How to Put Your Browser Tabs to Sleep

Put Your Browser Tabs to Sleep

Nowadays, we use our web browsers for all manner of things, so it’s not uncommon to have a multitude of tabs open at any given time. However, while this can allow you to juggle multiple tasks at once, having lots of open tabs running on your browser can eat up a lot of RAM, and this can hinder the performance of your device, resulting in a worse experience.

Fortunately, there is a way to deal with this issue without having to lose your tabs. By putting the tabs you’re not currently actively using to sleep, you can help manage your device’s performance more effectively to improve performance and ensure an optimal online experience. Unsure of how this can be done? Don’t worry, we’ve got a step-by-step guide right here to help you put your browser tabs to sleep on Google Chrome, Microsoft Edge, and Mozilla Firefox.

Putting Your Browser Tabs to Sleep

Depending on which web browser you prefer to use, the process for putting tabs to sleep may vary to some extent. Below, you can find walkthroughs for three of the most popular browsers around: Chrome, Edge, and Firefox.

Putting Your Browser Tabs to Sleep Google Chrome

How to put Google Chrome tabs to sleep

Google Chrome offers a built-in Memory Saver feature for managing your inactive tabs. To utilize it, you can follow these steps:

  1. Launch the Google Chrome app on your device, then click on the three vertical dots in the upper right corner to open the browser options drop-down menu. 
  2. Scroll to the bottom of the drop-down menu and click on “Settings.” This will open a new tab.
  3. In the “Settings” tab, click on the three horizontal lines in the upper left corner, then select “Performance” from the menu presented.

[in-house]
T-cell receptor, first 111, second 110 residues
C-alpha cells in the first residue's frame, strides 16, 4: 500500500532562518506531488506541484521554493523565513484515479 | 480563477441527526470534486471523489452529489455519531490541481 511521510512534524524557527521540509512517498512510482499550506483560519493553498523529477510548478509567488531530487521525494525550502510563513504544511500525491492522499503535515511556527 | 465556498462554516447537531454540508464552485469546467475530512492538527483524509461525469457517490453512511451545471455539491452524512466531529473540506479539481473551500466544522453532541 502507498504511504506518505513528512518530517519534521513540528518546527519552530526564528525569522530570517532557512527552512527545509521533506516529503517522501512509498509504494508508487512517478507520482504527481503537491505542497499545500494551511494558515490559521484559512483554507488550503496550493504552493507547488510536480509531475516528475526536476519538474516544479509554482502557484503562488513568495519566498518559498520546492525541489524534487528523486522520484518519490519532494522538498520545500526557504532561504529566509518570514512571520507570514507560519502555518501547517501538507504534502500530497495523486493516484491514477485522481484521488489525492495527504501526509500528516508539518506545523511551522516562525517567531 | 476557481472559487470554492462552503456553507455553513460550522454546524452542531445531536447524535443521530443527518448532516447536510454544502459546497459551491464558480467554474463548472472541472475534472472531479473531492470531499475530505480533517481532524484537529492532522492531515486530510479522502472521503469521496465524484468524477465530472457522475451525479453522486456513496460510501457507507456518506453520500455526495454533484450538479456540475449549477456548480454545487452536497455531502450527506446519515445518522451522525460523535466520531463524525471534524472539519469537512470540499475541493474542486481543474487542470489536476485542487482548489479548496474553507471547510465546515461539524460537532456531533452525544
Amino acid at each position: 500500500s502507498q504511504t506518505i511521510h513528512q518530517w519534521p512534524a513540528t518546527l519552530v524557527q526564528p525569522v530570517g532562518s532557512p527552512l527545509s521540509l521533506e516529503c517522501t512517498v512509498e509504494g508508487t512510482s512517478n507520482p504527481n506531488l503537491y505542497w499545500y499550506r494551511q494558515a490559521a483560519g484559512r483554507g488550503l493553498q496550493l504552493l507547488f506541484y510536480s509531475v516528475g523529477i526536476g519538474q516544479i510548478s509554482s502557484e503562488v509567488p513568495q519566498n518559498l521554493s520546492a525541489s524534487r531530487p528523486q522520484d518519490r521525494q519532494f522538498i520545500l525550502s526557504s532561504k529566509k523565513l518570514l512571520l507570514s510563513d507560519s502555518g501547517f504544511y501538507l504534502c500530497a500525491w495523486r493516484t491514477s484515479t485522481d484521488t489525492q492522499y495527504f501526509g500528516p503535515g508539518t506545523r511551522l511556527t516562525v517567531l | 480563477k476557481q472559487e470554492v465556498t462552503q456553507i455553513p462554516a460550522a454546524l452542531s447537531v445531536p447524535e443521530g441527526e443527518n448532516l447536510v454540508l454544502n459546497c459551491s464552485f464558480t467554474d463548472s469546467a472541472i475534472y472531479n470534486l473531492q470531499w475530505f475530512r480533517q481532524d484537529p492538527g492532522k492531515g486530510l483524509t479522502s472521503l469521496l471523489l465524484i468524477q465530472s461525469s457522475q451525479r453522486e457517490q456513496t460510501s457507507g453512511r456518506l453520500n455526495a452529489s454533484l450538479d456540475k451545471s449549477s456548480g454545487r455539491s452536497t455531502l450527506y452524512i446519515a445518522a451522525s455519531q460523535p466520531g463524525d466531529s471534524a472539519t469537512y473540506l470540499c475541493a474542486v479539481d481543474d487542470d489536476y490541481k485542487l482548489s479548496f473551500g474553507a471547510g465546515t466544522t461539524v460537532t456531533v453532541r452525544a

4. In the “Performance” settings page, go to the “Memory” section and toggle on the “Memory saver” option. With this setting enabled, Chrome will automatically put inactive tabs to sleep and will load them again when you revisit them.

If you want to prevent certain tabs from being put to sleep, you can pin them by right-clicking the tab and selecting the “Pin” option to keep them loaded. You can also add specific websites as exceptions in the performance settings. To do this, follow steps 1-4 above, then locate the option in the “Memory” section labeled “Always keep these sites” active. Click “Add”, then either add the site URL from the list of current tabs or by entering it manually.

Putting Your Browser Tabs to Sleep Microsoft Edge

How to put Microsoft Edge tabs to sleep

Microsoft Edge also has a built-in feature called for sleeping tabs. Here’s how to enable it:

  1. Open the Microsoft Edge app and click on the three horizontal dots in the upper right corner of the window. 
  2. Scroll to the bottom of the dropdown menu and select “Settings.” This will open a new tab.
  3. In the “Settings” tab, click on “System and performance” in the left sidebar.
  4. Scroll down to the option labeled “Save resources with sleeping tabs”, then toggle the option on to enable it. Edge will now automatically sleep tabs that are inactive and reload them when revisiting.

You can also customize when tabs should go to sleep. You can find this option under the toggle button, labeled “Put inactive tabs to sleep after the specified amount of time.” Additionally, you can enable the “Fade sleeping tabs” option. This will make tabs appear faded when sleeping so that you can quickly determine which ones are inactive.